After a sharp increase in naturalizations of Mexican legal permanent residents in the late 1990s (Passel, 2007), the Mexican naturalization rate has flattened.
In 2011, Mexicans still had a comparatively lower rate of naturalization at 36% than the 61% for all immigrants and 68% for all non-Mexican immigrants (see Appendix A).
Compared with other immigrants from Latin America and the Caribbean, Mexicans also have the lowest rate of naturalization—36% versus 61% in 2011 (see Appendix A).
There are several possible explanations for these differences. Most importantly, Mexican immigrants are more likely than others to maintain close ties to their home country because of the geographic proximity of Mexico to the U.S.
Another possible reason is that not all Mexican immigrants are aware that they can hold both U.S. and Mexican citizenship at the same time. Until 1998 Mexico did not allow its citizens to hold dual citizenship. The change in policy by the Mexican government is one reason the rate of naturalization of Mexican immigrants in the U.S. rose so dramatically in the late 1990s, from 20% in 1995 to 34% in 2001.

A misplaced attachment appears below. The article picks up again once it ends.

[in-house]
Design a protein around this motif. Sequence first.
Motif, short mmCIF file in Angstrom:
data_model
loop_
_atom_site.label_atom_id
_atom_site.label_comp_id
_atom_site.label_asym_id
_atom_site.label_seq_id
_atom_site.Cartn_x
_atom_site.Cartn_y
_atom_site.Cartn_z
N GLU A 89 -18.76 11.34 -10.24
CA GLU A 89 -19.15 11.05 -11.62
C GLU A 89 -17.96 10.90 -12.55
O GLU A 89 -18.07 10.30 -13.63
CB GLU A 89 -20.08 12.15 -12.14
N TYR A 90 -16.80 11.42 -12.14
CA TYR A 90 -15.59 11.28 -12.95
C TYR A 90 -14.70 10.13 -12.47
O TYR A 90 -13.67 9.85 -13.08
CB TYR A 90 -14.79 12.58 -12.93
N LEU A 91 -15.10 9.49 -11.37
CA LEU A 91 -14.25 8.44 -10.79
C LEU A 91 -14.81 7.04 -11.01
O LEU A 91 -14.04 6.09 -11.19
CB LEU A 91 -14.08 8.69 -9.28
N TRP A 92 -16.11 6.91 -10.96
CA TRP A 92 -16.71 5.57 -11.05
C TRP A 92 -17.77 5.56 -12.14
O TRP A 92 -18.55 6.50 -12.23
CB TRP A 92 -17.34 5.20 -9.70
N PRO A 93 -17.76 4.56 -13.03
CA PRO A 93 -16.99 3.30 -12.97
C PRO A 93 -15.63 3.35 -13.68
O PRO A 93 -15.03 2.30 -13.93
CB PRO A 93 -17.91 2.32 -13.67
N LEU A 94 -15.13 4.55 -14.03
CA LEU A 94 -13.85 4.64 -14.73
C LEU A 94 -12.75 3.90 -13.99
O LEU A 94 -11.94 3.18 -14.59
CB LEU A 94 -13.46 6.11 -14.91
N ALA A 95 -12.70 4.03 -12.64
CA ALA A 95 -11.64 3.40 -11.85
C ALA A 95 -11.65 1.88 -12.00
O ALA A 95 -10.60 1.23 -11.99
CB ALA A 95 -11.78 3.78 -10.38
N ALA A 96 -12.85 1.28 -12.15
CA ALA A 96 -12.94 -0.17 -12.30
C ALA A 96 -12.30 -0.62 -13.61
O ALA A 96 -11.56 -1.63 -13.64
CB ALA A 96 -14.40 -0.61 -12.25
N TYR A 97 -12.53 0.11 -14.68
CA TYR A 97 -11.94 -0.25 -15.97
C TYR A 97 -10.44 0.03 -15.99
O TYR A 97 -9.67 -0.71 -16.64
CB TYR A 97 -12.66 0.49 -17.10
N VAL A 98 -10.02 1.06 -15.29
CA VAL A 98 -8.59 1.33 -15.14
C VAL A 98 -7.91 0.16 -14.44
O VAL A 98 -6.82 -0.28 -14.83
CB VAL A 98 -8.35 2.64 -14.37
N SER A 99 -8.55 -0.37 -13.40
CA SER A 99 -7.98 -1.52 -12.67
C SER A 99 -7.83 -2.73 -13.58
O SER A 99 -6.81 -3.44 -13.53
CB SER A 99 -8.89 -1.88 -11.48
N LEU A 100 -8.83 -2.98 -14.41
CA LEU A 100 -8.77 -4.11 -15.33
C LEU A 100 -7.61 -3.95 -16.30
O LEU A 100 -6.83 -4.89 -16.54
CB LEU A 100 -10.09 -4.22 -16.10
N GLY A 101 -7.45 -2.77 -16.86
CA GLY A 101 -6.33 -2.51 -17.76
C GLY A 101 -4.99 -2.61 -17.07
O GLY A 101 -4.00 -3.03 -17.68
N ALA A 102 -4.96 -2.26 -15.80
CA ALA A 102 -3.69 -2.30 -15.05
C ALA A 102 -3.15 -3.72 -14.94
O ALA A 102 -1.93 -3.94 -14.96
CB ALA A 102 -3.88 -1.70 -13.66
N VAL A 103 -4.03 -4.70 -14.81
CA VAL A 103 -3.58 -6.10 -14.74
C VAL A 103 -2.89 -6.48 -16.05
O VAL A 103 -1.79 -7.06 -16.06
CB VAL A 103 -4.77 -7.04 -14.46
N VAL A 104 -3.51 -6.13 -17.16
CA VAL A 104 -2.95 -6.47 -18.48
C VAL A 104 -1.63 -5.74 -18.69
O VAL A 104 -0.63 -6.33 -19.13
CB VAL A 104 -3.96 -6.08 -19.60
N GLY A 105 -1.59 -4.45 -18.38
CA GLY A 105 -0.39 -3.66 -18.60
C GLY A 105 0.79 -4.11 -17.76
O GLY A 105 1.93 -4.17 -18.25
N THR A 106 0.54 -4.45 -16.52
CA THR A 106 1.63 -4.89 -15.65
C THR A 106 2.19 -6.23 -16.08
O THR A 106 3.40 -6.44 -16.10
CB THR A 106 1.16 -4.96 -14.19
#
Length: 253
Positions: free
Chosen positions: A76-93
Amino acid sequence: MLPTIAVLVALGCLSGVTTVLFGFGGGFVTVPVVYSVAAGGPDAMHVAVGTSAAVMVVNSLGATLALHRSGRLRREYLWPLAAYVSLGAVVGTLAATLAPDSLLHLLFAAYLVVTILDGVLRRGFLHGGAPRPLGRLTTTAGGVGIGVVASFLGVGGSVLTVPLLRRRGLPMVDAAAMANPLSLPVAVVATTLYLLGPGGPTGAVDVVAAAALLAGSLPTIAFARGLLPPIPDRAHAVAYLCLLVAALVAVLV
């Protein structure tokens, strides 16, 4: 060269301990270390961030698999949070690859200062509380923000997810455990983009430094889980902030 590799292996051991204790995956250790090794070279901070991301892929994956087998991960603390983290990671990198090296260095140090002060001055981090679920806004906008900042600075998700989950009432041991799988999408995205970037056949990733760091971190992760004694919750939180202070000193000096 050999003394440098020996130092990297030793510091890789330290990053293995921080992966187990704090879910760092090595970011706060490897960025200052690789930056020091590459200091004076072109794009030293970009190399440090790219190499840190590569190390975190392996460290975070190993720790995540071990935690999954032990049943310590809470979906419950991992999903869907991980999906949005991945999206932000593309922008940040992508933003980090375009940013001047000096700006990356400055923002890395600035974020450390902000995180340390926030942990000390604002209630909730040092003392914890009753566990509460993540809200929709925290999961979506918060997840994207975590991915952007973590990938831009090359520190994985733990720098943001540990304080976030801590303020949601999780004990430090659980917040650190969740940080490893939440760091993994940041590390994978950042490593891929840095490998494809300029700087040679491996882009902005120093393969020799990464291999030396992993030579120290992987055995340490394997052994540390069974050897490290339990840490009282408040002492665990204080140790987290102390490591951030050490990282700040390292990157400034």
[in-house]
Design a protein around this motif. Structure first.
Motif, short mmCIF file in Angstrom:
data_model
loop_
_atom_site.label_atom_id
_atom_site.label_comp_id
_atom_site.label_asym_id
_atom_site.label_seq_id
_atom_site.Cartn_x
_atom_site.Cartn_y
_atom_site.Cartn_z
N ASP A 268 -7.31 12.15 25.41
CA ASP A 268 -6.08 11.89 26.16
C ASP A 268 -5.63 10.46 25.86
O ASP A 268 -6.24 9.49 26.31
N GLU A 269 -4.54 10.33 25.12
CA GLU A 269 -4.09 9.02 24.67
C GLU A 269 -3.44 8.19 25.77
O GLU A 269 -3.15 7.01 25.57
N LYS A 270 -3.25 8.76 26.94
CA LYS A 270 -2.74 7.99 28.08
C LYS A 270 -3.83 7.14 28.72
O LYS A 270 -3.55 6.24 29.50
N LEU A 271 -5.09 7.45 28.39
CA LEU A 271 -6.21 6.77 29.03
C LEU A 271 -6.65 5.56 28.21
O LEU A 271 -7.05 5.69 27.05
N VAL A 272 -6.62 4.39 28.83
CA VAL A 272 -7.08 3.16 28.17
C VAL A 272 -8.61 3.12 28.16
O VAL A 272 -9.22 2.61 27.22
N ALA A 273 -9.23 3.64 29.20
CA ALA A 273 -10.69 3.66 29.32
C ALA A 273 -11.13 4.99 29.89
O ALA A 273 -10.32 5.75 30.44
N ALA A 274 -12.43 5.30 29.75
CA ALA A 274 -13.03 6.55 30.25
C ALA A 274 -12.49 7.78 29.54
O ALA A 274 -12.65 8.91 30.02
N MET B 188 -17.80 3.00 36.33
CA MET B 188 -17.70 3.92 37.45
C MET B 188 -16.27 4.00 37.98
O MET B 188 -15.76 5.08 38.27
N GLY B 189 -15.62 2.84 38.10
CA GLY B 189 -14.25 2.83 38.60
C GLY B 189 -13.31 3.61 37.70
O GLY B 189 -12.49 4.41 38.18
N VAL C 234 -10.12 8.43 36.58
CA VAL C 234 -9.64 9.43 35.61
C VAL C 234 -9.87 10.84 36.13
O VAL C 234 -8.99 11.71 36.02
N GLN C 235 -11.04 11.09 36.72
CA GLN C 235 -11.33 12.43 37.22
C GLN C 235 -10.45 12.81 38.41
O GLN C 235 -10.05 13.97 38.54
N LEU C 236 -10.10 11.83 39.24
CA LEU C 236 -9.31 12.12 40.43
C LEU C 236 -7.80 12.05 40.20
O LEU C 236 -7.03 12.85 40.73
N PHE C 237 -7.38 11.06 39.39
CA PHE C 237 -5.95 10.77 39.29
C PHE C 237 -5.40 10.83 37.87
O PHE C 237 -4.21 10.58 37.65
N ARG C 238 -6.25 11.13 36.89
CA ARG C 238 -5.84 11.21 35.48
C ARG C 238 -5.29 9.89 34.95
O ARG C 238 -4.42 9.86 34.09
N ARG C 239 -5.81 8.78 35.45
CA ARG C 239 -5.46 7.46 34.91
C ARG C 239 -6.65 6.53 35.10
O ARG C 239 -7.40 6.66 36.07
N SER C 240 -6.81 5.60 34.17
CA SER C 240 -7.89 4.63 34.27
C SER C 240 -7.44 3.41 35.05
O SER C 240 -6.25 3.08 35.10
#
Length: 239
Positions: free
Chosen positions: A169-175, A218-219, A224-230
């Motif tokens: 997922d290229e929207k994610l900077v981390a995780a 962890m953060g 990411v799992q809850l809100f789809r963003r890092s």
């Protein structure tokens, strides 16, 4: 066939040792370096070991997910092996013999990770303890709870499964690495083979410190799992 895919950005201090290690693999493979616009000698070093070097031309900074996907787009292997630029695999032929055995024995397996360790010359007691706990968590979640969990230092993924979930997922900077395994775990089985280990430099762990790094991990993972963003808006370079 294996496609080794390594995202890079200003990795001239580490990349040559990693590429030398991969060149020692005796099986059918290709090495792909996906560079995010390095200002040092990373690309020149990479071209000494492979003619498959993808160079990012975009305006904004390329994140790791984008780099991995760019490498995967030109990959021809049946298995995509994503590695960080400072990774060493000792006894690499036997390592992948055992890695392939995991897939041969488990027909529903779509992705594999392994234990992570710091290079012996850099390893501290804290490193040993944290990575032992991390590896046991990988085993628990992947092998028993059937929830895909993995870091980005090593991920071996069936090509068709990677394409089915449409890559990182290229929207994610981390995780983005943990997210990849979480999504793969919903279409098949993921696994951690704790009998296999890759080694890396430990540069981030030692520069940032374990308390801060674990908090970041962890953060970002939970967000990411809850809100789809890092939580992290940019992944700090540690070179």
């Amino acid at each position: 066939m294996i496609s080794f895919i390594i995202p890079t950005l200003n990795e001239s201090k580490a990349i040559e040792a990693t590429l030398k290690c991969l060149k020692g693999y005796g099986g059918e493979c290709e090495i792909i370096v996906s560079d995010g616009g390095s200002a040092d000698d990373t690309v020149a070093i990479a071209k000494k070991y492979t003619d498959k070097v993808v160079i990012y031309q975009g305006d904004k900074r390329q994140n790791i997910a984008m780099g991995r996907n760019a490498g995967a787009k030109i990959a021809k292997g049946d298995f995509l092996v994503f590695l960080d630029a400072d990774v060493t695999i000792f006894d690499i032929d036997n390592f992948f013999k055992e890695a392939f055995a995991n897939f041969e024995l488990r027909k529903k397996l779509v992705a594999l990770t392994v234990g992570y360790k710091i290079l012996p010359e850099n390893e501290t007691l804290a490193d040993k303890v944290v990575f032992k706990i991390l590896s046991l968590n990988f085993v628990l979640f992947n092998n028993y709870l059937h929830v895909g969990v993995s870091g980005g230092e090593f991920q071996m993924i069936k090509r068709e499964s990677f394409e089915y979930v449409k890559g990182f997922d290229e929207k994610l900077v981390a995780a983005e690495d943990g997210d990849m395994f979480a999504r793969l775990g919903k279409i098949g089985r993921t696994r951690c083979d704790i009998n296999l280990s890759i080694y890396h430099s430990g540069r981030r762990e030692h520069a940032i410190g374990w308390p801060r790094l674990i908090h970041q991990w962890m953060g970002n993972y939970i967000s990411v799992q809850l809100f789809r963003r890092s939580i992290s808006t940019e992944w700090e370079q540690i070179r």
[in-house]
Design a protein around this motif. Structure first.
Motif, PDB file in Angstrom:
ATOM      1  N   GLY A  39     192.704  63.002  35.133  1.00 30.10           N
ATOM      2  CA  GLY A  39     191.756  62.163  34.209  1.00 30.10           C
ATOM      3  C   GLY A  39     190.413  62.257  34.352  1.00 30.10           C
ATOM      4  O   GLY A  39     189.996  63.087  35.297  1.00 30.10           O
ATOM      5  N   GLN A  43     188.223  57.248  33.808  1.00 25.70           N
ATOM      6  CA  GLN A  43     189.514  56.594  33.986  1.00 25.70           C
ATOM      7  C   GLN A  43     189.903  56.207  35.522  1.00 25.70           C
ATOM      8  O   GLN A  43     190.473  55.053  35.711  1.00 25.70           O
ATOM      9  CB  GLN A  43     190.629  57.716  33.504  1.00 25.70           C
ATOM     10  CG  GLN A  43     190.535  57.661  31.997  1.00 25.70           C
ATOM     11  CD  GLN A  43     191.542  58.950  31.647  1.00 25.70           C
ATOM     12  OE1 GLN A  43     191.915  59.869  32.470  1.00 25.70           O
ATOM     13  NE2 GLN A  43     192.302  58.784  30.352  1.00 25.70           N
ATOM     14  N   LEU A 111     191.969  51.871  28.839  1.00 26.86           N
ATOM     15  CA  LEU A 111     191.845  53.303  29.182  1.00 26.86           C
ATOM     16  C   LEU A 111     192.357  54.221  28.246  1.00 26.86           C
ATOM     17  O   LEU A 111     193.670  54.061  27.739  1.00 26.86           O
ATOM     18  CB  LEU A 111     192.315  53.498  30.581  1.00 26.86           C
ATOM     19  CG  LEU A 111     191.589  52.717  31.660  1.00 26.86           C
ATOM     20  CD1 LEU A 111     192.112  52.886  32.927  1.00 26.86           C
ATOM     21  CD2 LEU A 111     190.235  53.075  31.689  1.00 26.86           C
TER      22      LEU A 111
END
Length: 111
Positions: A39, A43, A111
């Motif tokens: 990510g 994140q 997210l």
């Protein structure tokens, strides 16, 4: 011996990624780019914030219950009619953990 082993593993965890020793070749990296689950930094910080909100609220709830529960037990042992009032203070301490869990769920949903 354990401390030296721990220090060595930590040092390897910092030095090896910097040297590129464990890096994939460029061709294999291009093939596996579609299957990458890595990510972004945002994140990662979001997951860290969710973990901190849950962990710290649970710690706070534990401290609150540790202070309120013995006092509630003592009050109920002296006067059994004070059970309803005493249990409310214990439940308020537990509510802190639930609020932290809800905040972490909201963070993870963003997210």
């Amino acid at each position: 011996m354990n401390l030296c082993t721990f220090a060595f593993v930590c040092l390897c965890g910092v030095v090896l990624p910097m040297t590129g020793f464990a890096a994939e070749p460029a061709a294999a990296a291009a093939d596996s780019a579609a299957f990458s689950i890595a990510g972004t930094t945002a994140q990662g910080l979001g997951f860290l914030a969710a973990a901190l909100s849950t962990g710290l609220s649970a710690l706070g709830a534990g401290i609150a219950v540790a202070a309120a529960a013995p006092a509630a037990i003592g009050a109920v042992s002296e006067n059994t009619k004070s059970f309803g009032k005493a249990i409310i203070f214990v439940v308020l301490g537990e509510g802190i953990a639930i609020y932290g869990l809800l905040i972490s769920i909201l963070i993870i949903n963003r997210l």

The Pew Hispanic survey asked all foreign-born Latinos whether or not their country of origin allowed them to hold citizenship from another country. Among Mexican immigrants, 71% correctly responded that Mexico allows its citizens to hold dual citizenship. But 18% said that Mexico does not allow dual citizenship and an additional 11% said they don’t know. Among non-Mexican Latino immigrants, 62% said their country of origin allows them to hold two citizenships, while 24% said it does not and 14% said they don’t know.
Other possible deterrents for the naturalization of Mexican immigrants are the cost of the naturalization process and the difficulty of the English and civics test. In July 2007, U.S. Citizenship and Immigration Services nearly doubled the fee for naturalization processing to $595 and added an $85 biometric fee.
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